Sun-Herald Chess Column for January 23

At the opening press conference of the elite Corus tournament in Wijk aan Zee, the Netherlands, Garry Kasparov and Viswanathan Anand were quizzed about their long delayed private world title match. "Like everyon else, I wanted the match to take place last year," said Anand, who received $US200,000 as compensation for the match not being held in 1999, "but we were let down."

However a few days into the Corus tournament, spectators at Wijk aan Zee were wondering whether the Kasparov-Anand match, now scheduled for September, will be a contest worth watching. After four rounds of the Wijk aan Zee tournament, Kasparov and Anand were near the top of the standings, but both were showing that their six month lay-off from top chess, a break which had not affected their world rankings of one and two, had left them seriously short of match practice. Kasparov's extensive opening knowledge has given him an early edge in almost every game but, with one exception, his general play has looked very shaky.  Twice Kasparov survived on his fighting spirit alone, being fortunate to scrape draws from two losing endgames against local hero Jeroen Piket and England's Michael Adams. Anand has looked equally unconvincing, finding himself in trouble in three out of his first four games while his rival for the number two position on the world rankings, Vladimir Kramnik, has been in ominous form.

Wijk aan Zee 2000
White: V.Kramnik
Black: N.Short
Opening: Queen's Gambit Declined

#1.Nf3 d5 2.d4 Nf6 3.c4 e6 4.Nc3 Be7 5.Bf4 0-0 6.e3 c5 7.dxc5 Bxc5 8.cxd5 Nxd5 9.Nxd5 exd5 10.a3 Nc6 11.Bd3 Be7 12.0-0 Bf6#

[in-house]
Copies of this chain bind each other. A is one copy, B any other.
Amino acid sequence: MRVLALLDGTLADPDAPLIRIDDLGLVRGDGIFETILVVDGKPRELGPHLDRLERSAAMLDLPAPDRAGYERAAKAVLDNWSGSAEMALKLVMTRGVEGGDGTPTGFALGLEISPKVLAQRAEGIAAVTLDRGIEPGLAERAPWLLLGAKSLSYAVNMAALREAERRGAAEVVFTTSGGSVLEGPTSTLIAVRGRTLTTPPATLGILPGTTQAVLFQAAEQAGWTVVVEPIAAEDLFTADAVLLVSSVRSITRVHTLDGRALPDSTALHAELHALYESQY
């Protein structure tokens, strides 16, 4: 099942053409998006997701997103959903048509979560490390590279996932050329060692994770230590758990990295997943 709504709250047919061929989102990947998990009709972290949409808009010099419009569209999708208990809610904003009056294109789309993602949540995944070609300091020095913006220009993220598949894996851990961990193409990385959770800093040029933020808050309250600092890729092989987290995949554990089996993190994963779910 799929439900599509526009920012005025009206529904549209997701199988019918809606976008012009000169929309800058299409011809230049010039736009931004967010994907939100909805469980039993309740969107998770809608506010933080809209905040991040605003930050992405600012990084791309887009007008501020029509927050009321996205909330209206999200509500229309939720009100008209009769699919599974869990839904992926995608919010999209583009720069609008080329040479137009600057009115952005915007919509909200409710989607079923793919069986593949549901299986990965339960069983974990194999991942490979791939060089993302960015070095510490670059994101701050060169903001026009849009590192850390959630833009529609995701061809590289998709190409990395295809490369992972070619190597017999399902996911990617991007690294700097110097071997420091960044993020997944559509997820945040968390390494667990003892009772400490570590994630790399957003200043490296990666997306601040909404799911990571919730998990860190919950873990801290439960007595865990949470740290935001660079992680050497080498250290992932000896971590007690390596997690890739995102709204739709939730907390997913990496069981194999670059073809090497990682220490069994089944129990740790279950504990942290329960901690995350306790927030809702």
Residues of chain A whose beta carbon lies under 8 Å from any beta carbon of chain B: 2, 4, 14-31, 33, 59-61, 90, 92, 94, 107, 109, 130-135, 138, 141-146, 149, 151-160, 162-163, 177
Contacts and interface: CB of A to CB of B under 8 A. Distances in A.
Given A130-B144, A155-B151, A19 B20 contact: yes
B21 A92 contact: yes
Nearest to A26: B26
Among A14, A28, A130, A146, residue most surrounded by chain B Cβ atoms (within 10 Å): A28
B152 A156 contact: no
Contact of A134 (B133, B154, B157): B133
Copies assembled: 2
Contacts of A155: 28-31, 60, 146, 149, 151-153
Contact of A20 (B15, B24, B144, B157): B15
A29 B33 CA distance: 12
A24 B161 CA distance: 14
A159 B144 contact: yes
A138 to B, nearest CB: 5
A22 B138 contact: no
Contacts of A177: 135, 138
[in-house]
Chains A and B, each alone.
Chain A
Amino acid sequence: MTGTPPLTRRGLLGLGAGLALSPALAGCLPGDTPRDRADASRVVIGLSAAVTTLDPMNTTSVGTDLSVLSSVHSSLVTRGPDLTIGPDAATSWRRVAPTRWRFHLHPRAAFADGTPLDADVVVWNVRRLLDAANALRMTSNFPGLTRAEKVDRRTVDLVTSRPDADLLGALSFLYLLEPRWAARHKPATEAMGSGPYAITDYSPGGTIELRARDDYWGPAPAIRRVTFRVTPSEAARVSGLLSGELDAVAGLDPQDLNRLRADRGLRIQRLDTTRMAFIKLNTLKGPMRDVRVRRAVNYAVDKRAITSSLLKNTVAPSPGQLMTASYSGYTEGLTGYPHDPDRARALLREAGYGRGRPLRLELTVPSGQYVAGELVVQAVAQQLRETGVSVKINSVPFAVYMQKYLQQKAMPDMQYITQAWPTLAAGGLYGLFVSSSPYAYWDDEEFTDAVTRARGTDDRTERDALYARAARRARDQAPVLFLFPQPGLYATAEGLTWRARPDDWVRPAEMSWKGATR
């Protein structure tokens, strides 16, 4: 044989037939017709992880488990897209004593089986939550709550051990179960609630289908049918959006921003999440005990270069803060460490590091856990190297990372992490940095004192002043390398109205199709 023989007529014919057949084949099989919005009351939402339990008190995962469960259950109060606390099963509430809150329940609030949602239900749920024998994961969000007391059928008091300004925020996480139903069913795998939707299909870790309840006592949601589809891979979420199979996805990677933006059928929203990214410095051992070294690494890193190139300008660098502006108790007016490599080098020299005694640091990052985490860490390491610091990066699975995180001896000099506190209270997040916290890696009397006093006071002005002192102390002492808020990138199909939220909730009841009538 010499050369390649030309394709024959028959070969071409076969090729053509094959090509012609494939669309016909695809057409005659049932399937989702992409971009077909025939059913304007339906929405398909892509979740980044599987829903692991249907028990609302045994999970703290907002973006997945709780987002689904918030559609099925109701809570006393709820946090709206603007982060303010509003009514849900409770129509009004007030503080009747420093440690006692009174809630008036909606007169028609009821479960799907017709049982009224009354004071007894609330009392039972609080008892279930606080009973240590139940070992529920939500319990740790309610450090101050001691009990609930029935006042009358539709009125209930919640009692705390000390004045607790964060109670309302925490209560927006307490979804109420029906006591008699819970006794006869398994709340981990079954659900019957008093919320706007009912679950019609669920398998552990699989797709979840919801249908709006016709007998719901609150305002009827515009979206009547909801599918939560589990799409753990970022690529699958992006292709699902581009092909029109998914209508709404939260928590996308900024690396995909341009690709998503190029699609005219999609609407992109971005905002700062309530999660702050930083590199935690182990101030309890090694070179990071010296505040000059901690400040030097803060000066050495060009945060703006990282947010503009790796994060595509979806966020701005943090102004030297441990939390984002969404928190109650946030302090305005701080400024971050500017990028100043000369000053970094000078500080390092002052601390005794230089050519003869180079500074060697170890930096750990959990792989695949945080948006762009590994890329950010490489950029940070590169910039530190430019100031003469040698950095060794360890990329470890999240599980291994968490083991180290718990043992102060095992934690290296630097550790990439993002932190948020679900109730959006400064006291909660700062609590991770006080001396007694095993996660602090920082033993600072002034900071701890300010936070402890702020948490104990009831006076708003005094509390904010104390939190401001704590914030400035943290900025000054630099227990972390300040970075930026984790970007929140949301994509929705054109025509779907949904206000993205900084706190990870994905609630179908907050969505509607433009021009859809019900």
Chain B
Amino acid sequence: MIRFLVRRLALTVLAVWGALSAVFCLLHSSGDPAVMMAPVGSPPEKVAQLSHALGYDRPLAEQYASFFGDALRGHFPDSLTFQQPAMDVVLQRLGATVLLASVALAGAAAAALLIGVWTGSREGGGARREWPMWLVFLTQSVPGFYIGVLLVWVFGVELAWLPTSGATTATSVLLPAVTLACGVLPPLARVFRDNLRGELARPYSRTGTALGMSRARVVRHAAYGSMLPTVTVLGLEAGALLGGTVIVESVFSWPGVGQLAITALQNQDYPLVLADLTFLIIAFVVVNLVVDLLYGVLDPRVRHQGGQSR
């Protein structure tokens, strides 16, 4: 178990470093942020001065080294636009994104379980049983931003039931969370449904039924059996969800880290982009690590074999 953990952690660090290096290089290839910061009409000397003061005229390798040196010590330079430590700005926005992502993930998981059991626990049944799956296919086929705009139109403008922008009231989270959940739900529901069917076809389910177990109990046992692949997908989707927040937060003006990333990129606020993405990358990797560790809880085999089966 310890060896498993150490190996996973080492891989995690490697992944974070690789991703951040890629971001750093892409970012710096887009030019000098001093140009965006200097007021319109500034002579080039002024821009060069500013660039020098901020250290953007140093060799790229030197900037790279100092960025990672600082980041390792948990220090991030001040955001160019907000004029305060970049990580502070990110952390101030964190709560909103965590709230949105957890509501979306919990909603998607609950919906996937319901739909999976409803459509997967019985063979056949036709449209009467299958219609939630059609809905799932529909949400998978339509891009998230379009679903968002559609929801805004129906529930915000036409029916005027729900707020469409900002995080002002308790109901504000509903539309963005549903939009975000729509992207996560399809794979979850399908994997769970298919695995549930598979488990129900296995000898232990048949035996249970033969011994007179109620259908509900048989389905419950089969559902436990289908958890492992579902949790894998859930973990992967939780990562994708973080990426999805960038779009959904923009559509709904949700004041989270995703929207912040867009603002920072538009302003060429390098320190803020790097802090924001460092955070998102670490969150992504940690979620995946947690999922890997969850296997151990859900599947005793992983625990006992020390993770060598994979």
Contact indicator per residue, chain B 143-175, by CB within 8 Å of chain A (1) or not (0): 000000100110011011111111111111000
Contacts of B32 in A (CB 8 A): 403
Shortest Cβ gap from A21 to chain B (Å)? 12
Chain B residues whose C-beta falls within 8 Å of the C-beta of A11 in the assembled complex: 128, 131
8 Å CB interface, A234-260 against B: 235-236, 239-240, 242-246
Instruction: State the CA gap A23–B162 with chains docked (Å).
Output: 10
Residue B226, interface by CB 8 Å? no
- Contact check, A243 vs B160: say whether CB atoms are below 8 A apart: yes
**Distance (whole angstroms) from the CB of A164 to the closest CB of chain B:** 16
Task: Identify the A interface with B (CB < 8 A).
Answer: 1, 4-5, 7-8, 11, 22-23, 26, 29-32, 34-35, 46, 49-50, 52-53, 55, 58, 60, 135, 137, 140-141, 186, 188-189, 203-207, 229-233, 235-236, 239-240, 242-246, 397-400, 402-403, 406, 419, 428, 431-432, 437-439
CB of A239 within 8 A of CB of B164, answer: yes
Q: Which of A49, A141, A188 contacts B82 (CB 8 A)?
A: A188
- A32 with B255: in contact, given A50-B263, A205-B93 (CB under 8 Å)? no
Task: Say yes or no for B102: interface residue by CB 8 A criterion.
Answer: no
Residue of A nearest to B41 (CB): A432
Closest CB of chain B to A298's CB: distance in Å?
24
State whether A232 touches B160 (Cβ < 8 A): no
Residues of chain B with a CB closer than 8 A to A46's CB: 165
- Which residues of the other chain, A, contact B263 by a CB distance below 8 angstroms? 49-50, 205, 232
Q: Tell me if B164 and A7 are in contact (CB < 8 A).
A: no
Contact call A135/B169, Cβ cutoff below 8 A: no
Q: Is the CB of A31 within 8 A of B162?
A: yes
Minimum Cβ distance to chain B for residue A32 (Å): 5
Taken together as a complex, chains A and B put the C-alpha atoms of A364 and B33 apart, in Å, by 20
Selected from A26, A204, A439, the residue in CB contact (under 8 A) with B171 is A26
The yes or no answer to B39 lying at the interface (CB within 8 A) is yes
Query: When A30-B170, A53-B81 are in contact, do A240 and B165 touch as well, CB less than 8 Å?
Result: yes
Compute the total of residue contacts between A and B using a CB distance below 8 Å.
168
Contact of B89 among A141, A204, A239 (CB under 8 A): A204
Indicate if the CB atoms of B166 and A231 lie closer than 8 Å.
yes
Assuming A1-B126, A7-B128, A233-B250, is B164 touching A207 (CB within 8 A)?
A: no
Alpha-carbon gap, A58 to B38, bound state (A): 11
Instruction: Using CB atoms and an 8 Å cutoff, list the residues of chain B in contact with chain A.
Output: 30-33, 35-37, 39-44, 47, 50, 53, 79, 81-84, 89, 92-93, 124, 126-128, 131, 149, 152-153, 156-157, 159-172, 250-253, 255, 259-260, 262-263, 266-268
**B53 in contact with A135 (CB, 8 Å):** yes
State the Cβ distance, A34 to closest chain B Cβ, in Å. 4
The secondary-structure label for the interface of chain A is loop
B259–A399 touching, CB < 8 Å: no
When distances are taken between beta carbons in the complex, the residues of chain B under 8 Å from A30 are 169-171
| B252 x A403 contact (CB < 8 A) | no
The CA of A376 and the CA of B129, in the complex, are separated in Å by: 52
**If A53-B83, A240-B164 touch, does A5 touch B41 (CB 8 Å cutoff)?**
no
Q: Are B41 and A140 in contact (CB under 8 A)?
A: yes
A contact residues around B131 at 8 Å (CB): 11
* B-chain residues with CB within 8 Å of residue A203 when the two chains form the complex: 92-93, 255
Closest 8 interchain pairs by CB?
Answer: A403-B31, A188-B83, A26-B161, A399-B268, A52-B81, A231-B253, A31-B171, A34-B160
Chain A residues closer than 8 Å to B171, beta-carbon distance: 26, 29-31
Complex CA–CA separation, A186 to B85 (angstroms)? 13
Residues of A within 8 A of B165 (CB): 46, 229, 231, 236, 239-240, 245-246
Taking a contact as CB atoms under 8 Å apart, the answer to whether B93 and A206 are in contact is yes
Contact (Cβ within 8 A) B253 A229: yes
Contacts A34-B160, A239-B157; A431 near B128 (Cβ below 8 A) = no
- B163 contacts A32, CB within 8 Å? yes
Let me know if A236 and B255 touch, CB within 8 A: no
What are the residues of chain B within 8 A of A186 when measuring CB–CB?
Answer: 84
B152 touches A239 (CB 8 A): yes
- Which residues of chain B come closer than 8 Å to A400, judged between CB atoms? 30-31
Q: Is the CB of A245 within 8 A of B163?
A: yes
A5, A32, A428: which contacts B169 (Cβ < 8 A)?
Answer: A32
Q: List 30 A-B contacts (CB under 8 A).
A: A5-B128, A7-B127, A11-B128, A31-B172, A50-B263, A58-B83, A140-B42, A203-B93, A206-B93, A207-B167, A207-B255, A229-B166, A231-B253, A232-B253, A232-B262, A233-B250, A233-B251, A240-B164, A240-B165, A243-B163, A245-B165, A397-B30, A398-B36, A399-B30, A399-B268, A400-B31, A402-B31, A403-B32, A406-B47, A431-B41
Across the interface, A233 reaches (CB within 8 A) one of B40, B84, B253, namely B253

A tiny inaccuracy which soon lands Short in trouble. 12...Be6 was correct.


"After this move Black is lost," declared Short after the game - an exaggeration, although Black is under pressure after 13...g6 14.Rfd1. Short's choice is much worse.

#13...Qb6? 14.Qxd5 Rd8?!#

14...Qxb2 was dangerous but necessary.

#15.Qe4 g6 16.Bg5! Qxb2#

Too late, yet 16...Bf5 17.Qh4 is worse.

#17.Bc4! Kg7 18.Qh4 h5 (Diagram) 19.Bxf7! Bxg5#

Accepting that Kramnik can steal a pawn and get away with it. However 19...Kxf7 20.Rab1 Qc3 21.Rfc1 was fatal - after 21...Bxg5, 22.Nxg5 is check. The rest is easy for Kramnik, who doesn't mind returning his extra pawn to gain time for the decisive attack.

#20.Nxg5 Qf6 21.e4 Rd4 22.Rae1 Bd7 23.f4 Rf8 24.Ba2 Qd6 25.Kh1 Qxa3 26.Bb1 Qe7 27.Qg3 Kh6 28.Nf3 Rb4 29.Nh4 Be8 30.e5 Rxb1 31.Rxb1 Nd4 32.Qg5+ 1-0#

Corus Grandmaster Tournament
Wijk ann Zee, the Netherlands
Round 5 results:
Kasparov(Rus) def Morozevich(Rus)
Kramnik(Rus) def Lputian(Arm)
Leko(Hun) drew withTimman(Ned)
Nikolic(Bos) defeated Piket(Ned)
Polgar(Hun) drew with Anand(India)
Korchnoi(Swi) drew with Short(Eng)
Van Wely(Ned) lost to Adams(Eng)
Leading scores:
1eq.Kasparov, Kramnik 4/5;
3eq. Piket, Anand, Leko 3;
6eq. Korchnoi, Adams, Morozevich, Short, Nikolic, Timman 2.5;
12. Polgar 1.5;
13. Van Wely 1;
14. Lputian 0.5.